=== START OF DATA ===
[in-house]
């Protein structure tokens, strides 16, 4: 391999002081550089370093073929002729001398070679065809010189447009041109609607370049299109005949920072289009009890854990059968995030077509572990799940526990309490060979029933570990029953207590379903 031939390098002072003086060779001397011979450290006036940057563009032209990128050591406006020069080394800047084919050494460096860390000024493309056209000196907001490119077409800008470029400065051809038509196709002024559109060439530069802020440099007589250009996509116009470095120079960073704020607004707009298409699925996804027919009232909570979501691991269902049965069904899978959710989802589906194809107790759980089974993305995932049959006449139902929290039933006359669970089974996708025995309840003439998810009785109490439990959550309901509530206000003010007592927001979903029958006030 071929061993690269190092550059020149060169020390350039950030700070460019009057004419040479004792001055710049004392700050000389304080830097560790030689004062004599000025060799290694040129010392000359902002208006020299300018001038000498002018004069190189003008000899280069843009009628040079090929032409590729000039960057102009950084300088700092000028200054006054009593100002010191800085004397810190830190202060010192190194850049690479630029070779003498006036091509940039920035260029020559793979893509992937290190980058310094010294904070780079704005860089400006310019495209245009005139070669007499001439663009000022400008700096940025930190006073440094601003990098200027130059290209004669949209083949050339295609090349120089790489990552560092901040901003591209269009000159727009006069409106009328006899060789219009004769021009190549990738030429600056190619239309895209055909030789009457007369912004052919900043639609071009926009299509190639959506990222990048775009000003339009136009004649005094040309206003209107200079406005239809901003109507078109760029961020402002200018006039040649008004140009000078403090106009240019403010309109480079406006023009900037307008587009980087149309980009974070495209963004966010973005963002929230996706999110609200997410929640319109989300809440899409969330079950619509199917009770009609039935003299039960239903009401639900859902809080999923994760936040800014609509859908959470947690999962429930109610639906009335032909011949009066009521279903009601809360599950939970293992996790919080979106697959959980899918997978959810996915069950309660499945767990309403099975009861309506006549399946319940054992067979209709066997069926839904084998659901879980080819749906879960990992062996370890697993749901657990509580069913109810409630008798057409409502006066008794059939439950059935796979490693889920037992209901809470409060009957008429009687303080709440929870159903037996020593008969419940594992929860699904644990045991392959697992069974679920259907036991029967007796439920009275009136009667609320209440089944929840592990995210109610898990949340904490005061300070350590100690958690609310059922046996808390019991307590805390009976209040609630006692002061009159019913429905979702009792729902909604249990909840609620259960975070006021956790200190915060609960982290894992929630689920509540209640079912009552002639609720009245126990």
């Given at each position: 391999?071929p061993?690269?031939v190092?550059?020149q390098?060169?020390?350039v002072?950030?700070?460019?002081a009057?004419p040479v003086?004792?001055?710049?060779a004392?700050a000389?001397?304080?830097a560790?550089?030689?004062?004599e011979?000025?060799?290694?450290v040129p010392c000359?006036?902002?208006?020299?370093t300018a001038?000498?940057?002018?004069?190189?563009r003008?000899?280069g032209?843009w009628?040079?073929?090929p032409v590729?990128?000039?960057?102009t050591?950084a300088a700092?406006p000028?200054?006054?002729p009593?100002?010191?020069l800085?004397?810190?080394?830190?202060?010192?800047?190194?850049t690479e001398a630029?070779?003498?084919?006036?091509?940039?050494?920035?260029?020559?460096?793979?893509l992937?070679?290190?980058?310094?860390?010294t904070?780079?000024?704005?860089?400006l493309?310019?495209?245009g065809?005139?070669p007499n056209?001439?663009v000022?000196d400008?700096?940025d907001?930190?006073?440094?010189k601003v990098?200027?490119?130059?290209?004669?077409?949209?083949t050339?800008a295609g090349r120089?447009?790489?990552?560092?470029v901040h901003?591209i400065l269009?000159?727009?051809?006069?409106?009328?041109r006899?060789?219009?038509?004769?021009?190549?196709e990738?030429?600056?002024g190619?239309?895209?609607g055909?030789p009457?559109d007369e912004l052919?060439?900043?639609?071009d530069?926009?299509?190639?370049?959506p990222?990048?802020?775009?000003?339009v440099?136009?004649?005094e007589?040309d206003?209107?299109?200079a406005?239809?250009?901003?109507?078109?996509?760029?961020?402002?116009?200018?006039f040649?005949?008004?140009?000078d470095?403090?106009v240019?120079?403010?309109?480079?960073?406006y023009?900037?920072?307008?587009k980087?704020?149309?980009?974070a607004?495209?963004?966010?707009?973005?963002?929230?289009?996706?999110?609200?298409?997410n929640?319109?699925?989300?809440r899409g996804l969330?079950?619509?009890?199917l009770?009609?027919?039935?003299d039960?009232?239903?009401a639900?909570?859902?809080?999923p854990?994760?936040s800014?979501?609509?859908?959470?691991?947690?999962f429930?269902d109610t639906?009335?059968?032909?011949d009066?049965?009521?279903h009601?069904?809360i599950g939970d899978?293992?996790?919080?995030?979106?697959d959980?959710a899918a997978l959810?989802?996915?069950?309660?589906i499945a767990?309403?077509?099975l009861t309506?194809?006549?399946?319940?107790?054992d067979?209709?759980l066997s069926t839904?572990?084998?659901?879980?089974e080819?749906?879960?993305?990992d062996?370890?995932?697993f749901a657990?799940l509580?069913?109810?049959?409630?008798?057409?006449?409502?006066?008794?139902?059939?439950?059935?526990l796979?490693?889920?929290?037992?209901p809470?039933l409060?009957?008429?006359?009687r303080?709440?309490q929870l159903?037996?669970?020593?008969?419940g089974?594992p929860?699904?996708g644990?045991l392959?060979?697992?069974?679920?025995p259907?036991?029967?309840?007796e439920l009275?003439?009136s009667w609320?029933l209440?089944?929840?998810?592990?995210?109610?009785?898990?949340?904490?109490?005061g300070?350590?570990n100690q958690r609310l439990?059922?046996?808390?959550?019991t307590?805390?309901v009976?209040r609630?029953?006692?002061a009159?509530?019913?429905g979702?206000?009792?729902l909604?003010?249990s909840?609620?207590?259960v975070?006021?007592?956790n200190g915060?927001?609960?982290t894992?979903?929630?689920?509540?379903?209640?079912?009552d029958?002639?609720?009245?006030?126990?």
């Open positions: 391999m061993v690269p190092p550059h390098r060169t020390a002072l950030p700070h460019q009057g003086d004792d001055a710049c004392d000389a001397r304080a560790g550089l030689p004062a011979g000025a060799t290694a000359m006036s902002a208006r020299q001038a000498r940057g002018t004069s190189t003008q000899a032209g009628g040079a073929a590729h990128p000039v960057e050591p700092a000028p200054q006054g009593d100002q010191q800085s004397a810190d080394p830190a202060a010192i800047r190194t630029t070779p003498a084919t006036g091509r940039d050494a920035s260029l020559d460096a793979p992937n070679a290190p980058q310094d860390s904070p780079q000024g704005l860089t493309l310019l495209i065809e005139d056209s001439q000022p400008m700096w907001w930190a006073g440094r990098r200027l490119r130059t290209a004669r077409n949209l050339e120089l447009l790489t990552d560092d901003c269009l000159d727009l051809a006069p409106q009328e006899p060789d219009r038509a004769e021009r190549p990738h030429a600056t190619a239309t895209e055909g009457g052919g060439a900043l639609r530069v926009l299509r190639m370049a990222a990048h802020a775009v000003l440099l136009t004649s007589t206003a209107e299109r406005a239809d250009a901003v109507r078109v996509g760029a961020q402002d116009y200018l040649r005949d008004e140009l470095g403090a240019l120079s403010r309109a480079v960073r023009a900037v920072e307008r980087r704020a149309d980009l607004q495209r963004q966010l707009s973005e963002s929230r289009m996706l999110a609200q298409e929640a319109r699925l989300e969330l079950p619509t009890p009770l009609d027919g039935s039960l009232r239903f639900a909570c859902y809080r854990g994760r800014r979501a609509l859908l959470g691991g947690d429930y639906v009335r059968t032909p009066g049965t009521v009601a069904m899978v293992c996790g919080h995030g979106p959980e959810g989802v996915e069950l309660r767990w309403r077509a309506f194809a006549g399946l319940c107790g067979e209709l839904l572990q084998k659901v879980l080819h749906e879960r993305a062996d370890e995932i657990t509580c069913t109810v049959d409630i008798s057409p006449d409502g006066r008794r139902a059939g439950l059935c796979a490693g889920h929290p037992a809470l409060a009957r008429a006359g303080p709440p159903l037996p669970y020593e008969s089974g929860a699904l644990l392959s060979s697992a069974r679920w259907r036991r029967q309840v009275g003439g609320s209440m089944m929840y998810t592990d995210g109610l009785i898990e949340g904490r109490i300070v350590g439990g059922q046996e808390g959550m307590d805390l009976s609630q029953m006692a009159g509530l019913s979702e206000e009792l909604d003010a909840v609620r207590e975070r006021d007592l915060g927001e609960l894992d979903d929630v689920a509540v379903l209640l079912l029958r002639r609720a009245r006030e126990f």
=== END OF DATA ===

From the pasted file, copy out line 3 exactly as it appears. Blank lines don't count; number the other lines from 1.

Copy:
């Given at each position: 391999?071929p061993?690269?031939v190092?550059?020149q390098?060169?020390?350039v002072?950030?700070?460019?002081a009057?004419p040479v003086?004792?001055?710049?060779a004392?700050a000389?001397?304080?830097a560790?550089?030689?004062?004599e011979?000025?060799?290694?450290v040129p010392c000359?006036?902002?208006?020299?370093t300018a001038?000498?940057?002018?004069?190189?563009r003008?000899?280069g032209?843009w009628?040079?073929?090929p032409v590729?990128?000039?960057?102009t050591?950084a300088a700092?406006p000028?200054?006054?002729p009593?100002?010191?020069l800085?004397?810190?080394?830190?202060?010192?800047?190194?850049t690479e001398a630029?070779?003498?084919?006036?091509?940039?050494?920035?260029?020559?460096?793979?893509l992937?070679?290190?980058?310094?860390?010294t904070?780079?000024?704005?860089?400006l493309?310019?495209?245009g065809?005139?070669p007499n056209?001439?663009v000022?000196d400008?700096?940025d907001?930190?006073?440094?010189k601003v990098?200027?490119?130059?290209?004669?077409?949209?083949t050339?800008a295609g090349r120089?447009?790489?990552?560092?470029v901040h901003?591209i400065l269009?000159?727009?051809?006069?409106?009328?041109r006899?060789?219009?038509?004769?021009?190549?196709e990738?030429?600056?002024g190619?239309?895209?609607g055909?030789p009457?559109d007369e912004l052919?060439?900043?639609?071009d530069?926009?299509?190639?370049?959506p990222?990048?802020?775009?000003?339009v440099?136009?004649?005094e007589?040309d206003?209107?299109?200079a406005?239809?250009?901003?109507?078109?996509?760029?961020?402002?116009?200018?006039f040649?005949?008004?140009?000078d470095?403090?106009v240019?120079?403010?309109?480079?960073?406006y023009?900037?920072?307008?587009k980087?704020?149309?980009?974070a607004?495209?963004?966010?707009?973005?963002?929230?289009?996706?999110?609200?298409?997410n929640?319109?699925?989300?809440r899409g996804l969330?079950?619509?009890?199917l009770?009609?027919?039935?003299d039960?009232?239903?009401a639900?909570?859902?809080?999923p854990?994760?936040s800014?979501?609509?859908?959470?691991?947690?999962f429930?269902d109610t639906?009335?059968?032909?011949d009066?049965?009521?279903h009601?069904?809360i599950g939970d899978?293992?996790?919080?995030?979106?697959d959980?959710a899918a997978l959810?989802?996915?069950?309660?589906i499945a767990?309403?077509?099975l009861t309506?194809?006549?399946?319940?107790?054992d067979?209709?759980l066997s069926t839904?572990?084998?659901?879980?089974e080819?749906?879960?993305?990992d062996?370890?995932?697993f749901a657990?799940l509580?069913?109810?049959?409630?008798?057409?006449?409502?006066?008794?139902?059939?439950?059935?526990l796979?490693?889920?929290?037992?209901p809470?039933l409060?009957?008429?006359?009687r303080?709440?309490q929870l159903?037996?669970?020593?008969?419940g089974?594992p929860?699904?996708g644990?045991l392959?060979?697992?069974?679920?025995p259907?036991?029967?309840?007796e439920l009275?003439?009136s009667w609320?029933l209440?089944?929840?998810?592990?995210?109610?009785?898990?949340?904490?109490?005061g300070?350590?570990n100690q958690r609310l439990?059922?046996?808390?959550?019991t307590?805390?309901v009976?209040r609630?029953?006692?002061a009159?509530?019913?429905g979702?206000?009792?729902l909604?003010?249990s909840?609620?207590?259960v975070?006021?007592?956790n200190g915060?927001?609960?982290t894992?979903?929630?689920?509540?379903?209640?079912?009552d029958?002639?609720?009245?006030?126990?």